LM Ericsson and Sony Corp. announced Thursday they will go separate ways as Ericsson sells its 50 percent stake in mobile phone maker Sony Ericsson to Sony for euro1.05 billion ($1.46 billion).
Sony Ericsson will become a wholly owned subsidiary of Sony and integrated into Sony's platform of network-connected consumer electronics products, the Japanese company and Swedish wireless equipment firm said.
The transaction gives Sony an opportunity to integrate smartphones with consumer electronics devices, such as tablets, televisions and personal computers, the companies said.
The move was widely anticipated by analysts, who have argued Sony Ericsson could become more competitive in the tough smartphone market under sole Sony ownership.
Shares in Ericsson rose by 5.1 percent to 70.1 kroner ($10.7) in early Stockholm trading, while Sony stock climbed 5.4 percent to 1.65 yen ($21.7) before closing in Tokyo.
"I believe this improves the outlook for Sony Ericsson, because Sony can take full responsibility for the company and use the unique things that they have," said Greger Johansson, an analyst with research firm Redeye. "The opportunity to integrate the phones with their other products improves."
Johansson said the smartphone market is "extremely tough" and Sony Ericsson's competitors are also developing quickly.
He said the price Ericsson received wasn't great, but it will be a relief for the Swedish company to be able to focus on its core wireless equipment business and offload the mobile phone maker that has taken up a lot of management time.
"Sony Ericsson has no strategic value for Ericsson anymore," added Helena Nordman-Knutson, an analyst with Ohman Fondkommission in Stockholm.
Ericsson and Sony combined their unprofitable handset ventures into the joint venture Sony Ericsson in 2001 and enjoyed some early successes with its Walkman and Cyber-shot phones.
In recent years it has suffered from the competitive climate in the smartphone market and earlier this month it posted a break-even third quarter result.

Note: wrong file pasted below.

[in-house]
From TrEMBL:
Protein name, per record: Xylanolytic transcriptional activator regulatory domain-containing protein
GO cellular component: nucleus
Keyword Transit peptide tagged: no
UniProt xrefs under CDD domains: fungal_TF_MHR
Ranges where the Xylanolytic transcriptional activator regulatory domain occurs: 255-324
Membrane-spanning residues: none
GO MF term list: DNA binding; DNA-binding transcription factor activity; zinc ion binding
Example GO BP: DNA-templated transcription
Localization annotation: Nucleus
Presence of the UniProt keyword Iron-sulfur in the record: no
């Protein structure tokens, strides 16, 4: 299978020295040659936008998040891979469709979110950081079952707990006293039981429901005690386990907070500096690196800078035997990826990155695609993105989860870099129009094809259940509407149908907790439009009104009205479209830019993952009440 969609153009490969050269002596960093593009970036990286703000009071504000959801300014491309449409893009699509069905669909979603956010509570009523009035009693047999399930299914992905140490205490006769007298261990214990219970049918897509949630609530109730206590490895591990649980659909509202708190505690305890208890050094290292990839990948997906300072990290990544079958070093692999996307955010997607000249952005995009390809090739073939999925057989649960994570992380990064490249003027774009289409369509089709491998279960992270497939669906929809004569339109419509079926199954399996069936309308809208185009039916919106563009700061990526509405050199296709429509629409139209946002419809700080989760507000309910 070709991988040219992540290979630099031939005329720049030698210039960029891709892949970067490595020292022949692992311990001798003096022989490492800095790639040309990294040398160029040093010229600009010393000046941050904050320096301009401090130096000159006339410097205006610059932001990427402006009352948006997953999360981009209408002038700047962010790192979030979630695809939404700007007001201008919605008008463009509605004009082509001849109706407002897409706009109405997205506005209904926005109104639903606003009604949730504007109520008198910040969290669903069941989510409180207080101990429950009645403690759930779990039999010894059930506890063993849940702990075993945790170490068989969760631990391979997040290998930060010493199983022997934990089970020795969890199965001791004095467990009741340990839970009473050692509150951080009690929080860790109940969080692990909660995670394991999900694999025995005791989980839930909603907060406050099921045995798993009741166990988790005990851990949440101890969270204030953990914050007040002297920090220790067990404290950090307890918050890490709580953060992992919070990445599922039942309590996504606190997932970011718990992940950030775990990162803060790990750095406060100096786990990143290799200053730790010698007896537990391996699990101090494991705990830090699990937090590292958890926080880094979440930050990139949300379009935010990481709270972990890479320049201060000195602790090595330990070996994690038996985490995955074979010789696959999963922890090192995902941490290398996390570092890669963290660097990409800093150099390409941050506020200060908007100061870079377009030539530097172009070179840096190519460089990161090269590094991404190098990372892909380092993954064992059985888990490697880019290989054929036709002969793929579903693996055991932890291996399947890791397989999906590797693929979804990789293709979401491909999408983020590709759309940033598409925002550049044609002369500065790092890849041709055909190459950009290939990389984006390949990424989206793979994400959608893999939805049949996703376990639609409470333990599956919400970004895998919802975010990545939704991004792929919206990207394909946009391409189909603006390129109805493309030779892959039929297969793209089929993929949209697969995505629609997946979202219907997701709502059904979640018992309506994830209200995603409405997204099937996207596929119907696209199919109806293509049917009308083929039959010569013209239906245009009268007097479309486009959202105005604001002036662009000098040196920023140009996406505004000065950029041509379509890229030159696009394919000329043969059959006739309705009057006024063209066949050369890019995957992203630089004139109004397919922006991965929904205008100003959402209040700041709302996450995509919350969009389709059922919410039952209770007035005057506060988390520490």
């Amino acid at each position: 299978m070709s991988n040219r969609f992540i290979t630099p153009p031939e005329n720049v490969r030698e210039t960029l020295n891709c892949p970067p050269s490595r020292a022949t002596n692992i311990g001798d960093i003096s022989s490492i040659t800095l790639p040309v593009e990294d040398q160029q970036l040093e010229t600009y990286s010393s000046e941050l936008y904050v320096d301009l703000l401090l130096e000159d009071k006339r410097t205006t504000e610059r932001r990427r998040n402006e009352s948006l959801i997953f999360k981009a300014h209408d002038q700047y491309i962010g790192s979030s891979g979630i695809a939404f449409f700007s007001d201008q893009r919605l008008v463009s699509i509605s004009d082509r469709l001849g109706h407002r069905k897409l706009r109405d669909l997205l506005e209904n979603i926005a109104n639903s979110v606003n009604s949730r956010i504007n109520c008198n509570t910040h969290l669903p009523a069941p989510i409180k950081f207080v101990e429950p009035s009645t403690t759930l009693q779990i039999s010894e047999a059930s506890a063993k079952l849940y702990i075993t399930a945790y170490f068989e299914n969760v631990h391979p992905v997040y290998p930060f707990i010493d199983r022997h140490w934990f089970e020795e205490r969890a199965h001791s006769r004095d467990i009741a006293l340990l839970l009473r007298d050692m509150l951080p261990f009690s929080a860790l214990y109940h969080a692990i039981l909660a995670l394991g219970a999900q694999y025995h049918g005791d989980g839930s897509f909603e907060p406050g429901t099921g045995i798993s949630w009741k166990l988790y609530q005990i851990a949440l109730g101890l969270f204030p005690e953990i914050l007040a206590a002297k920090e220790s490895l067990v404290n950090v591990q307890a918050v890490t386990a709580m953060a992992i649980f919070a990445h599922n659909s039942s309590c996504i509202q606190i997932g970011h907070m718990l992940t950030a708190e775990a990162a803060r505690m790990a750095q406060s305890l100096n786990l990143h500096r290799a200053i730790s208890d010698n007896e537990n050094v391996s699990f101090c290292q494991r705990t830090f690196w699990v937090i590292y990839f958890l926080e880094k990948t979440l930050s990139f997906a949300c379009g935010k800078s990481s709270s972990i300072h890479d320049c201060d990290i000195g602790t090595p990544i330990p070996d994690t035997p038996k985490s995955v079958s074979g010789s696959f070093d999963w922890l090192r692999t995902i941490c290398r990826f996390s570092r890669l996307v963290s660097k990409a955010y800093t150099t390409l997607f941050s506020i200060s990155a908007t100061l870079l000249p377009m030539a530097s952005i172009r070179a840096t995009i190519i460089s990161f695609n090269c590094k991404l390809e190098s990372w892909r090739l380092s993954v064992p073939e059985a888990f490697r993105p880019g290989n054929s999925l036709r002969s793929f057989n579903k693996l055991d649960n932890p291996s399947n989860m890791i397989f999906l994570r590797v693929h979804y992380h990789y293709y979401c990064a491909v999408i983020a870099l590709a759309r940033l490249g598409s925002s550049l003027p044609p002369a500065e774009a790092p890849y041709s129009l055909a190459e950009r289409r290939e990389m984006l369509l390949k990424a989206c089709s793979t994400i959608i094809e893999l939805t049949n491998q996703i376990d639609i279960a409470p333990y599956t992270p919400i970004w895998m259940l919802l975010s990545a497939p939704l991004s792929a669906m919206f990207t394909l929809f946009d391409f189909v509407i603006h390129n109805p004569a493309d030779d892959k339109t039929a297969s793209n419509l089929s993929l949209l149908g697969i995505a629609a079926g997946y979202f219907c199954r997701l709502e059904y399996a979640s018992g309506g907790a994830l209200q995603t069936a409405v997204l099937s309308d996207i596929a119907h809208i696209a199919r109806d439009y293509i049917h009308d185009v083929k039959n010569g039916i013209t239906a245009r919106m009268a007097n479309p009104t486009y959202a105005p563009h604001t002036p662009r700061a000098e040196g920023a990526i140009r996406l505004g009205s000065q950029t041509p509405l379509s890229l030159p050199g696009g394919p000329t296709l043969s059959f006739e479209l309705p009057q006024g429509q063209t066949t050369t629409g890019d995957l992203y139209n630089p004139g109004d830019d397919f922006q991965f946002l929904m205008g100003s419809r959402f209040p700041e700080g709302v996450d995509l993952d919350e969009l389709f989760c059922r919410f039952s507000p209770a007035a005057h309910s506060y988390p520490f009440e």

The company adopted Google's Android operating system for its smartphones in 2008, and has said it now controls about 11 percent of the Android-based smartphone market. Its Android-based Xperia smartphones account for more than 80 percent of its sales.
Thursday's deal will provide Sony with an intellectual property cross-licensing agreement, covering all products and services of Sony as well as ownership of five essential patent families relating to wireless handset technology.
"We can more rapidly and more widely offer consumers smartphones, laptops, tablets and televisions that seamlessly connect with one another and open up new worlds of online entertainment," Sony CEO, Sir Howard Stringer said, adding this includes Sony's PlayStation Network and its online provider of music, games and video, Sony Entertainment Network.
Stringer called the deal "the last piece of the puzzle" for Sony's portfolio of entertainment products, including movies, television and music and said it's no coincidence the deal was announced in the same month as the launch of the Sony Entertainment network.
He acknowledged the agreement was partly motivated by the tough competition in smart phone market.
"While we do have catching up to do, we have a lot of things to add to this phone," Stringer said. "The television or whatever that we can make for this phone and other Sony devices is the beginning of something I think is quite magical."
Stringer said the brand name of the mobile phones would probably change in the future but will remain as Sony Ericsson in the short-term. He added the acquisition will afford Sony operational efficiencies in engineering, network development and marketing.
The transaction is subject to customary closing conditions, including regulatory approvals, but has been approved by appropriate decision-making bodies of both companies.
Ericsson said the shift in the mobile market, from simple mobile phones to smartphones that include access to internet services and content, means the synergies for the company in having both a telecoms services portfolio and a handset operation have decreased.
"Ten years ago when we formed the joint venture, thereby combining Sony's consumer products knowledge with Ericsson's telecommunication technology expertise, it was a perfect match to drive the development of feature phones. Today we take an equally logical step as Sony acquires our stake in Sony Ericsson and makes it a part of its broad range of consumer devices," said Ericsson CEO Hans Vestberg.
Ericsson said it will now focus on the global wireless market as a whole and how wireless connectivity can benefit people, business and society beyond just phones.
Ericsson and Sony will also set up a wireless connectivity initiative aimed at driving and developing the market's adoption of connectivity across multiple platforms, they said.
The agreement is expected to close in January 2012.
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